MPLS L3VPN Manager (vpnm)
This playbook is true infrastructure-as-code. Users declare a list of VRFs under Ansible's control, then specify which route-targets should exist. Any unspecified route-targets are automatically and idempotently removed. Whenever changes occur, routing and ping reachability is validated.
At present, only Cisco IOS platforms are supported. Cisco IOS-XR may be added in the future.
Testing was conducted on the following platforms and versions:
- Cisco CSR1000v, version 16.08.01a, running in AWS
$ cat /etc/redhat-release Red Hat Enterprise Linux Server release 7.4 (Maipo) $ uname -a Linux ip-10-125-0-100.ec2.internal 3.10.0-693.el7.x86_64 #1 SMP Thu Jul 6 19:56:57 EDT 2017 x86_64 x86_64 x86_64 GNU/Linux $ ansible --version ansible 2.6.2 config file = /home/ec2-user/natm/ansible.cfg configured module search path = [u'/home/ec2-user/.ansible/plugins/modules', u'/usr/share/ansible/plugins/modules'] ansible python module location = /usr/lib/python2.7/site-packages/ansible executable location = /usr/bin/ansible python version = 2.7.5 (default, May 3 2017, 07:55:04) [GCC 4.8.5 20150623 (Red Hat 4.8.5-14)]
For each host (or group of hosts), a
vrf list is defined. This list of
dictionaries has the following format:
--- vrfs: - name: '1' description: "first VRF" rd: "65000:1" route_import: - "65000:1" route_export: - "65000:2" check: routes: - "10.3.3.0/30" - "10.4.4.0/24" pings: - "10.3.3.1" - "10.4.4.44" - name: '2' description: "second VRF" rd: "65000:2" route_import: - "65000:1" route_export: - "65000:2" check: routes: - "10.3.3.0/30" - "10.4.4.0/24" pings: - "10.3.3.1" - "10.4.4.44"
The individual components in each dictionary are as follows:
name: The name of the VRF. Numbers can be used, but should be quoted as strings to prevent type mismatches later.
description: The description of the VRF.
rd: The BGP route distinguisher that makes all routes in this VRF unique from the perspective of BGP.
route_import: The list of route target (RT) extended communities, ideally quoted as strings, which should be imported. Any import RTs not in this list that are present on the target host are removed.
route_export: The list of route target (RT) extended communities, ideally quoted as strings, which should be exported. Any export RTs not in this list that are present on the target host are removed.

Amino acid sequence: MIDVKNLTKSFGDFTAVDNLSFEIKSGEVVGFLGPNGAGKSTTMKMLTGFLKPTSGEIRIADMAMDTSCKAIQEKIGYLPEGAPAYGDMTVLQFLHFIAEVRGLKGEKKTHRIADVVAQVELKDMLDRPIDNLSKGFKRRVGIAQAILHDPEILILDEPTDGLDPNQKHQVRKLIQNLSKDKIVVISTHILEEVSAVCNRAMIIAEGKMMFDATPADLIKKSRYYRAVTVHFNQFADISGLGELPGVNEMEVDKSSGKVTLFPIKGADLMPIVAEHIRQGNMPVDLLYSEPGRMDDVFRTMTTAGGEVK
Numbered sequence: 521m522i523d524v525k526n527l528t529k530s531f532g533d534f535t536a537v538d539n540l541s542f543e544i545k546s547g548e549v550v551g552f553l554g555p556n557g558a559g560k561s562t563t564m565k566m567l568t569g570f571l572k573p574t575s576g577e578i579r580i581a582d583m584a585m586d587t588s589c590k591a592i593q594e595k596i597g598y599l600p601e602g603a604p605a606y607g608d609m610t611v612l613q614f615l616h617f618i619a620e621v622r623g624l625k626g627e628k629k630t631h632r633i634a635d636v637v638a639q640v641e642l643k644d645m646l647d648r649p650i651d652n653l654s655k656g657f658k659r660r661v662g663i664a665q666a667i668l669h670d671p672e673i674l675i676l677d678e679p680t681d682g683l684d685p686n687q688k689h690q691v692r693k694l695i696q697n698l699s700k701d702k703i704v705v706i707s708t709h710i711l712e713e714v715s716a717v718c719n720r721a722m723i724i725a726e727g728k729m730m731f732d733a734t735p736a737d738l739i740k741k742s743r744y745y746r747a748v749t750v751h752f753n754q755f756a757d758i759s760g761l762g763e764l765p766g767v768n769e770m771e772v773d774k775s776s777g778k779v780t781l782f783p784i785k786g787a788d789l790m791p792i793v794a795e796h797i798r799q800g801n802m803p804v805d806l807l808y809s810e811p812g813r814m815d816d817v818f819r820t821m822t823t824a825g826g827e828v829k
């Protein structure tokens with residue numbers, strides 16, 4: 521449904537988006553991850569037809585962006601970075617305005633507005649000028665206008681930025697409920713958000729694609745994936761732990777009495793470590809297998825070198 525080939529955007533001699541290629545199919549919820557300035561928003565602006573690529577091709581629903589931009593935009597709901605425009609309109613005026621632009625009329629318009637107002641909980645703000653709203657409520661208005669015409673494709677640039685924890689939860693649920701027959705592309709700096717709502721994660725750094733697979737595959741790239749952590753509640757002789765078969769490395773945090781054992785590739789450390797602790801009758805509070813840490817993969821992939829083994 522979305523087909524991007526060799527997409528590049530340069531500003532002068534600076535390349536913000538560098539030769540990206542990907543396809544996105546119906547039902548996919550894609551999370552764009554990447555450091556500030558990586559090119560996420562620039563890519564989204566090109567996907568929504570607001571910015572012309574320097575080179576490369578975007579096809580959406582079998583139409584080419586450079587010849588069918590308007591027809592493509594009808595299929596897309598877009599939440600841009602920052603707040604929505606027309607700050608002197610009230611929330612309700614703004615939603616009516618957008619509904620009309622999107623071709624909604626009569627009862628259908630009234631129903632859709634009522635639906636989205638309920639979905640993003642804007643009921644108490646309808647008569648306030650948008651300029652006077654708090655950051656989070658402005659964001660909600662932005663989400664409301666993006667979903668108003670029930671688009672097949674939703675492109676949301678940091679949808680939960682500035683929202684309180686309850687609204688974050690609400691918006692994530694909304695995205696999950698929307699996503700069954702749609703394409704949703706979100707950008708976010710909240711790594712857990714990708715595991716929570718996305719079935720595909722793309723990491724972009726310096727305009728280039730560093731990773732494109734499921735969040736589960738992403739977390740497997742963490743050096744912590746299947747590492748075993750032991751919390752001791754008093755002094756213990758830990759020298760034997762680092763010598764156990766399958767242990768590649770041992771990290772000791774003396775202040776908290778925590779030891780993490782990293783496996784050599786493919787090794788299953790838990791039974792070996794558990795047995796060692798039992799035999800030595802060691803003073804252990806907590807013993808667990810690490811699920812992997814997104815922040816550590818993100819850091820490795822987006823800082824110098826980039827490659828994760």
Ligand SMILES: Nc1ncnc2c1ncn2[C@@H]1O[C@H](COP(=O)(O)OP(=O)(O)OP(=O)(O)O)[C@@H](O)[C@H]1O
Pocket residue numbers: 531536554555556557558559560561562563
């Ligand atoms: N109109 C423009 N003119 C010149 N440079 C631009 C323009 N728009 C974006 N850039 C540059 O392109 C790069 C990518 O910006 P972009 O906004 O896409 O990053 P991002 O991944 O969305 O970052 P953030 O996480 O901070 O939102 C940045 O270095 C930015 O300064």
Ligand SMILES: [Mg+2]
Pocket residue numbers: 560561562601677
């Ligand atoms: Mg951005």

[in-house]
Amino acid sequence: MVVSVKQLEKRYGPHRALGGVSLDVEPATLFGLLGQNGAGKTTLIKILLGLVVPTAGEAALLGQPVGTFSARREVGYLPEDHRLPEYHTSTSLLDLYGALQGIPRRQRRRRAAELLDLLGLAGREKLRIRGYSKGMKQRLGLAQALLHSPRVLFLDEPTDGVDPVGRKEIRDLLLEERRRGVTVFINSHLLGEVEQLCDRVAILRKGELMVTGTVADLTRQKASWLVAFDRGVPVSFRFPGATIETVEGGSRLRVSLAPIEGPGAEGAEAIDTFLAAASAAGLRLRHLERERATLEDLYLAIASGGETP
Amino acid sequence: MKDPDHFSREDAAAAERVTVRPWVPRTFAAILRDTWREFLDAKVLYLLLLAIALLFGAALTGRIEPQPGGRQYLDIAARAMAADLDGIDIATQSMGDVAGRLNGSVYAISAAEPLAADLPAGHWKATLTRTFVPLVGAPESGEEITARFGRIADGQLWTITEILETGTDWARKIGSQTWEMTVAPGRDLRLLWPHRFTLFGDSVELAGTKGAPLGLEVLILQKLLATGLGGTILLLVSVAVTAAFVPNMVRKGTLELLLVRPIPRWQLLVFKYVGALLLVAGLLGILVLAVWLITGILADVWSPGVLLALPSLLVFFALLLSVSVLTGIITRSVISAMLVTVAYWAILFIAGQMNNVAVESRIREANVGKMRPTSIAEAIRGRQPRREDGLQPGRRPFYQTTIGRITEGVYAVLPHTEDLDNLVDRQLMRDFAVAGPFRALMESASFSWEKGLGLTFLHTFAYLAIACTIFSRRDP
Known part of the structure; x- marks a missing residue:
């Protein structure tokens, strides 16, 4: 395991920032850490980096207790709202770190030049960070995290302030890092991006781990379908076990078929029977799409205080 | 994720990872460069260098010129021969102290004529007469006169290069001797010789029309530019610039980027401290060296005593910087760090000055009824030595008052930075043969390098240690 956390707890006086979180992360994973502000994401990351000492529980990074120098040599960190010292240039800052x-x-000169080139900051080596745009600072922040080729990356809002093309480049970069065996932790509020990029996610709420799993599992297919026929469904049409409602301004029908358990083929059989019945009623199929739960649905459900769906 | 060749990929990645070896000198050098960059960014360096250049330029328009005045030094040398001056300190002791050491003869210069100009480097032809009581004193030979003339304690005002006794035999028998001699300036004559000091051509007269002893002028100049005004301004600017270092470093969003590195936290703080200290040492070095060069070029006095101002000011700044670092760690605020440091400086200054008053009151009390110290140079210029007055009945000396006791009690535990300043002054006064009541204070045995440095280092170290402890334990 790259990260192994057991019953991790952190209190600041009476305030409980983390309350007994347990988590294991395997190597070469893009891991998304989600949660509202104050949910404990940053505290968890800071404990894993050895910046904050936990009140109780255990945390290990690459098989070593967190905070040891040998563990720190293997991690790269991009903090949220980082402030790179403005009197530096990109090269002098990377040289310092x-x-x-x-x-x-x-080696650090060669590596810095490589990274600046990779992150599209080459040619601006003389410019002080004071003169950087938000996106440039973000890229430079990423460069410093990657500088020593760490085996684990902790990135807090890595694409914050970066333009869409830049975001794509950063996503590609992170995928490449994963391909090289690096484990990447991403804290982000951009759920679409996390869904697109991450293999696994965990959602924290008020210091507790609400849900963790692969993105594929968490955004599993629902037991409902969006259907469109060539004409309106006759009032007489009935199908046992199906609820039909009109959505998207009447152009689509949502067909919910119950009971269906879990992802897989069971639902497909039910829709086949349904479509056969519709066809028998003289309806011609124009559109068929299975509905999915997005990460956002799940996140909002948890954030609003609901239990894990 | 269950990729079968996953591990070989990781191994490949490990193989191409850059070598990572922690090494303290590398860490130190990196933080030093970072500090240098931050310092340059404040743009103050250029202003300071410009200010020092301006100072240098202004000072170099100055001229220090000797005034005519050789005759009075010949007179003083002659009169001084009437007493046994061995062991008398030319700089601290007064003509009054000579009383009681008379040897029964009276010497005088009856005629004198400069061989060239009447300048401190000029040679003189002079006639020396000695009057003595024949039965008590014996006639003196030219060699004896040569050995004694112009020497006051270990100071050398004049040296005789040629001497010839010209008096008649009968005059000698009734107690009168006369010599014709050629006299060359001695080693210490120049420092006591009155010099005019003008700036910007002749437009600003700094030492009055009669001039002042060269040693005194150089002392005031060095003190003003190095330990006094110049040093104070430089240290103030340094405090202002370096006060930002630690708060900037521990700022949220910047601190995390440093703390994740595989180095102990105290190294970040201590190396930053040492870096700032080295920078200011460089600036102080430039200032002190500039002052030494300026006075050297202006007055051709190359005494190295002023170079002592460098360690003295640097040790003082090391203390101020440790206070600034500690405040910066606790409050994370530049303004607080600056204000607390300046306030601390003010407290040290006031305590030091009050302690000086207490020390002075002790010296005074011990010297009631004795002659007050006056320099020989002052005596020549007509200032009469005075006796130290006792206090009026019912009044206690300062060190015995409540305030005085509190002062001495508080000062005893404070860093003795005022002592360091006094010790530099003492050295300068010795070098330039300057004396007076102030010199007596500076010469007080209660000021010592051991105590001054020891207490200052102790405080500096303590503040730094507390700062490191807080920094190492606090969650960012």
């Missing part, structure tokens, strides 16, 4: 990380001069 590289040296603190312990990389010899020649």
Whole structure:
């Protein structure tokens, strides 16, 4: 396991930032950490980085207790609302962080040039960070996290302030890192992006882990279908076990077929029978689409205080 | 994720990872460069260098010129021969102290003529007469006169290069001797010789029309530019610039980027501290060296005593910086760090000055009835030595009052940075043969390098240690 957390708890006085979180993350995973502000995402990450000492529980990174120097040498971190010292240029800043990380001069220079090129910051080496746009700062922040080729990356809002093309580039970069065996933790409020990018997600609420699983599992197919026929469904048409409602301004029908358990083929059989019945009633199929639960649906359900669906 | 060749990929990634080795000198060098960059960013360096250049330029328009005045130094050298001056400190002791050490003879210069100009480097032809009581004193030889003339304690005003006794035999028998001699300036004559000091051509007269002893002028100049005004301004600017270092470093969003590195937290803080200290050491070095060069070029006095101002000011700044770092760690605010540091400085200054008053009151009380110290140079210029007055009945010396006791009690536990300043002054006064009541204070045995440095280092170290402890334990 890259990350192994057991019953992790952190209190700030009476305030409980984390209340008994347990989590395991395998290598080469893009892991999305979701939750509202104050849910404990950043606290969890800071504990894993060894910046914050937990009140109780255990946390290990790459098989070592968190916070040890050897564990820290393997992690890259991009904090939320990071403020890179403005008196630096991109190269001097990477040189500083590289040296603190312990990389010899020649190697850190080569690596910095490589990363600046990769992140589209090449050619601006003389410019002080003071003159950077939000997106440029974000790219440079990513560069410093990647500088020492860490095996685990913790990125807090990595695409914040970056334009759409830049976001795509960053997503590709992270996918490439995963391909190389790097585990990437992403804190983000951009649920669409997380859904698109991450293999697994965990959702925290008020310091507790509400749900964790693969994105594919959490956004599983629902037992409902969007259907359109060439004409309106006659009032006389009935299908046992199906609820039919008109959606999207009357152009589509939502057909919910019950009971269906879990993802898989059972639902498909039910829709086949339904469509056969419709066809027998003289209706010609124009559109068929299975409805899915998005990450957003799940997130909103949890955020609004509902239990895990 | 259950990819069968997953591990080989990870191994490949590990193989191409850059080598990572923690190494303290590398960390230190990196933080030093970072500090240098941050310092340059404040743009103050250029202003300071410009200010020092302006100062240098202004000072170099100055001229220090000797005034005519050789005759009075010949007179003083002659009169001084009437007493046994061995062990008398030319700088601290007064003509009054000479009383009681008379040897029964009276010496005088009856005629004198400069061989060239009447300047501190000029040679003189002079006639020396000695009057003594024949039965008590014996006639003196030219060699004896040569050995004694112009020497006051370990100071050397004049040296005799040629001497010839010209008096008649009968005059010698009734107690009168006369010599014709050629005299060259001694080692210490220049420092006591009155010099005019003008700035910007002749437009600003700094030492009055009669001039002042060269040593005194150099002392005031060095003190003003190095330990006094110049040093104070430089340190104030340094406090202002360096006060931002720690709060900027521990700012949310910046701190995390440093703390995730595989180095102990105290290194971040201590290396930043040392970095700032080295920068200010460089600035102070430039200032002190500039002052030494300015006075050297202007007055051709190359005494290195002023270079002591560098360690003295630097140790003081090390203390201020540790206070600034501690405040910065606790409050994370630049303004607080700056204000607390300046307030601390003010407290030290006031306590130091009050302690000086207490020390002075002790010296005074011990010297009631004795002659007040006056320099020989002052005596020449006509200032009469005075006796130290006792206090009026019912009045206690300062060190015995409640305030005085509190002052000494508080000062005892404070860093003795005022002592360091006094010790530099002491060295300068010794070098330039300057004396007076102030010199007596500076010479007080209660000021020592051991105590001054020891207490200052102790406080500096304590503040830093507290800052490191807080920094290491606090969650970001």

check: Optional nested dictionary that helps with verification. To disable checking entirely, remove this dictionary or set it to
routes: List of prefixes in CIDR notation which should be present in the VRF FIB (CEF table) after RT changes are made. This ensures that the configuration actually work, and may help surface unrelated issues, such as a BGP VPN route advertisement problem.
pings: List of single IP addreses which should be pinged from within the VRF. Often this will be an IP from inside one of the prefixes specified in the
routeskey, but it does not have to be. This helps surface reachability problems or routing loops.
The playbook begins by collecting the existing VRF configuration and parsing it to retrieve the currently configured import and export RTs for all VRFs on the router, even those not being managed by this playbook. Next, the parsed RT information from the router is compared against the user-provided intended RT configuration. For each user-defined VRF, the playbook determines which RTs must be added or deleted. RTs absent from the intended RT configuration are automatically and idempotently removed.
The playbook also configures VRFs in BGP and redistributes any connected routes. If a user-defined VRF does not exist in the current configuration, it is added, along with all defined RTs. If a VRF exists in the current configuration but does not exist in the user-defined configuration, it is ignored. This conservative behavior allows some VRFs to remain outside of Ansible's control (for example, a management VRF).
If any changes were made, the system waits for a configurable amount of time, with a default of 60 seconds. This allows the router to import new routes into the VRF and affix new exported RTs. It also accounts for the time needed for VRF FIBs to install their routes upon receipt from BGP. The system also prints the changes made to stdout. When there are no changes, there is no wait period and no stdout output.
Last, the routing and ping verification runs. These test cases are run regardless of whether changes occurred or not.
Please see the outputs in the
samples/ directory to see the playbook output.
This playbook comes with three test phases, executed in sequence:
- Linting: Perform YAML and Python linting, as well as Python static code analysis first. Immediately fail if linting fails to prevent executing insecure or syntactically incorrect code.
- Unit tests: Perform regression testing on custom Python filters with mock inputs. Immediately fail if unit tests fail to prevent playbook issues.
- Integration tests: These tests the entire system minus the actual
login to a network device. All actions requiring network device interaction
are tagged with
do_sshwhich is skipped when these tests are run. Mock inputs are supplied as variables when the playbook is invoked through the test playbook wrapper.
To simplify testing both for CI and for manual executions, a GNU Makefile with phony targets is used. Use the following shortcuts to test the playbook. It is recommend to run all tests immediately after cloning to save yourself the pain of discovering bugs during development.
make lint: Runs the linting process
make unit: Runs the unit tests
make pb: Runs the playbook tests
make test: Runs all tests (linting, unit, and playbook, in that order)
.travis.yml for more details on how the tests are executed.